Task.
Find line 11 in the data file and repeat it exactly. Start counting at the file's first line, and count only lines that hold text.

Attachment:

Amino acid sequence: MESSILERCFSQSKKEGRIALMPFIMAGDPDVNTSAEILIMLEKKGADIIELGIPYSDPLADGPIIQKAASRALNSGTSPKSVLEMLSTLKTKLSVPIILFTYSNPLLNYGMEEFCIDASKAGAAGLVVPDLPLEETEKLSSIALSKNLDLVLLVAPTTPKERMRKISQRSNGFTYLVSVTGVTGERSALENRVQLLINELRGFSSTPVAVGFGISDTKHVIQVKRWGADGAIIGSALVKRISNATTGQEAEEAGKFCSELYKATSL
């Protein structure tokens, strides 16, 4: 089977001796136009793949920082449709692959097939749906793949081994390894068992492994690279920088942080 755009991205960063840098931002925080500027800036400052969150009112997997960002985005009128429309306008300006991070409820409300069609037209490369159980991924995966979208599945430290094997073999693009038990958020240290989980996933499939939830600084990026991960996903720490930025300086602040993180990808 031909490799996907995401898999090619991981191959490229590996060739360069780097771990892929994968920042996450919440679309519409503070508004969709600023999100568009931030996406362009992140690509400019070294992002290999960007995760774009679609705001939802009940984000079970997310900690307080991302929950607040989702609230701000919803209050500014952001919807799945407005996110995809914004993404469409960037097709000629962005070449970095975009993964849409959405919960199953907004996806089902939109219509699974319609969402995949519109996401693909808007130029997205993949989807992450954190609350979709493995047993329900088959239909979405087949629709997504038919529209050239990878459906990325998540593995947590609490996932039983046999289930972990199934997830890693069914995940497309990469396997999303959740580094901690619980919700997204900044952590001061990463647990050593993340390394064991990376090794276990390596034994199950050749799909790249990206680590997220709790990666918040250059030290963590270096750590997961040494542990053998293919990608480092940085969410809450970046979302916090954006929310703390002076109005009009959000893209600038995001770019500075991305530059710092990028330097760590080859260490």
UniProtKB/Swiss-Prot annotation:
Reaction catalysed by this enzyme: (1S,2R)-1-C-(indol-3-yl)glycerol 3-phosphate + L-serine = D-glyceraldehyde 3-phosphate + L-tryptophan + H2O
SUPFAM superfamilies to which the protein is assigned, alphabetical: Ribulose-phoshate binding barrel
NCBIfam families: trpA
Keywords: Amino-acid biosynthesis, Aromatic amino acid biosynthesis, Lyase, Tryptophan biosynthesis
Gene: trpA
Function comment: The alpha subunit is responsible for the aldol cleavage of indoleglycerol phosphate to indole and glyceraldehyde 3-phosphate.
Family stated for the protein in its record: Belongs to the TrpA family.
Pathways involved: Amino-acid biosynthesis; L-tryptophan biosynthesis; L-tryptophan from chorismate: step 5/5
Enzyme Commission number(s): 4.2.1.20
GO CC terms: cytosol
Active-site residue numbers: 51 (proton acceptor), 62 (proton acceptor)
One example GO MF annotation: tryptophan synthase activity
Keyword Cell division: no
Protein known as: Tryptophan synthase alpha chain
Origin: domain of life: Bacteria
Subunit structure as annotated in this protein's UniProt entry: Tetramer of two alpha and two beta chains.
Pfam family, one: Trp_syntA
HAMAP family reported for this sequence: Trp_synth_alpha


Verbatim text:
Pathways involved: Amino-acid biosynthesis; L-tryptophan biosynthesis; L-tryptophan from chorismate: step 5/5